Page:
What Is an Account Executive?
An account executive is an employee who has the primary day-to-day responsibility for an ongoing business relationship with a client.
The job title of account executive is most common in the advertising and public relations businesses and in financial services. Technology companies that provide hardware and software support services assign account executives to major customers.
Understanding the Account Executive
An account executive is the main contact person between the vendor and the customer.
- Account executives work in many industries but they most commonly are found in advertising, public relations, and financial services.
- The job may entail working for only one important client or several clients.
- Compensation usually includes a base salary, sales commission, and bonuses for exceeding targets.
The account executive commonly is in the picture from the start of the business relationship. Having pitched the deal and negotiated the contract, the account executive is responsible thereafter for fulfilling the contract terms and keeping the client happy.
The account executive also may contact a client to introduce new products and services. That may involve arranging for technical, design, and other support staff to travel to the client to conduct demonstrations and assist with the sales pitch.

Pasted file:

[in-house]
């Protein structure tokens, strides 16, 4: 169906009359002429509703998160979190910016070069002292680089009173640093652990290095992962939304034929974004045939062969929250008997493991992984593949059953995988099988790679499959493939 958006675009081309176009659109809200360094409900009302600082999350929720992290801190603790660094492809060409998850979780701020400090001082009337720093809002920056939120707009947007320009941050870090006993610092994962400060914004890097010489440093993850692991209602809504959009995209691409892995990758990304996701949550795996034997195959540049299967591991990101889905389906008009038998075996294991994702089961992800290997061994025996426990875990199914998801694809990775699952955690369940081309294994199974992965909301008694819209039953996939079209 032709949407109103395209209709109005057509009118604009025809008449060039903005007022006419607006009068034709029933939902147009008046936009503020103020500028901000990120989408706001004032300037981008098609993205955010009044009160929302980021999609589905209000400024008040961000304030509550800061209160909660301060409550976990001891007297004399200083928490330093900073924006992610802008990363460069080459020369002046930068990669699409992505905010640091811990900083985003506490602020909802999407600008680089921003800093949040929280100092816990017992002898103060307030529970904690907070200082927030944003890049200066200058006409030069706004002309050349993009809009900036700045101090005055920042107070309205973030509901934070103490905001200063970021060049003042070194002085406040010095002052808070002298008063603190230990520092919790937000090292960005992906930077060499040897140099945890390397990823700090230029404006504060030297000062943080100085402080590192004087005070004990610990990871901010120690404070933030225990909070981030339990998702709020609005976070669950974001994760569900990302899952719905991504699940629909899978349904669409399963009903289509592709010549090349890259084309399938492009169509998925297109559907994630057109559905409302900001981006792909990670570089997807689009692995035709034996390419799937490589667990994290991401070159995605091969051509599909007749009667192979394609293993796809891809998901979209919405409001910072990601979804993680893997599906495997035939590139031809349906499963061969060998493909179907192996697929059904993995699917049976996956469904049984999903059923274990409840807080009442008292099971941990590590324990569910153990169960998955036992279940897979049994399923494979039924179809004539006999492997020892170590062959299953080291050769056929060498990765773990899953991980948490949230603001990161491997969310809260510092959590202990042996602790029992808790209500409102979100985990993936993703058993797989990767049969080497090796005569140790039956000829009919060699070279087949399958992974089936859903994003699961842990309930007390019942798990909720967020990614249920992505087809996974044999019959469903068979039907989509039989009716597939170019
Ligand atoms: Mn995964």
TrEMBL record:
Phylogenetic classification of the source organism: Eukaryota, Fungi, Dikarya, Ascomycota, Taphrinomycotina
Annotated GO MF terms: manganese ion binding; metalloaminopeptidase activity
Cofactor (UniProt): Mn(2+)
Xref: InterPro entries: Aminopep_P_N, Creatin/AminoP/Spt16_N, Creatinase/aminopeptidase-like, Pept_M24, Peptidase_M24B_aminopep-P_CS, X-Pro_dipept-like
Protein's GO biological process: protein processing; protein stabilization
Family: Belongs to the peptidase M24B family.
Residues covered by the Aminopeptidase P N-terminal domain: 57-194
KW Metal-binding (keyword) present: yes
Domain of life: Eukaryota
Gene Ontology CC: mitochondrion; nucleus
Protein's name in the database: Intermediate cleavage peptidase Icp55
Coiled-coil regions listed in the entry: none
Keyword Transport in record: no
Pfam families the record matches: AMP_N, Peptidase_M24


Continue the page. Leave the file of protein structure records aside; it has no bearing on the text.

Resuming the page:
Account executives are encouraged to keep in touch with clients regularly.
In the financial world, account executives are expected to follow ethical guidelines from regulatory authorities. In the financial world, these include Financial Industry Regulatory Authority (FINRA) Rule 3220, applicable to broker-dealers and investment advisors, which limits the payment of gifts and gratuities.
Account Executive Responsibilities
Account executives are usually expected to bring in new business and often are given annual quotas. They also may be assigned clients by the company.
In the financial world, account executives need to follow guidelines established by FINRA.
In some cases, an account executive could be assigned just one very important client, who would be given the red carpet treatment.
Other account executives have multiple clients to prioritize in terms of their importance to the firm. A single account executive might handle the advertising campaign of a food and beverage company and a fast food chain.
Where They're Found
In various industries, account executives might handle the cybersecurity hardware and software needs of a bank, the pharmaceutical needs of a hospital group, the wealth management needs of a private client, or the prime brokerage service requirements of a hedge fund.
Compensation for the account executive is typically a base salary with a sales commission and bonuses for reaching or exceeding sales targets. As of early 2020, the average base pay for the job was $60,260, with average additional compensation of $31,109, according to Glassdoor.com.
Account executives have a broad range of skills and a deep knowledge of the industry. They need sales skills in order to bring in new clients and pitch existing clients on new products and services. Project management skills are necessary to keep on top of the work being done for the client. People management skills are needed to work with various departments internally as the need arises. Exceptional communication skills are needed to maintain the client relationship.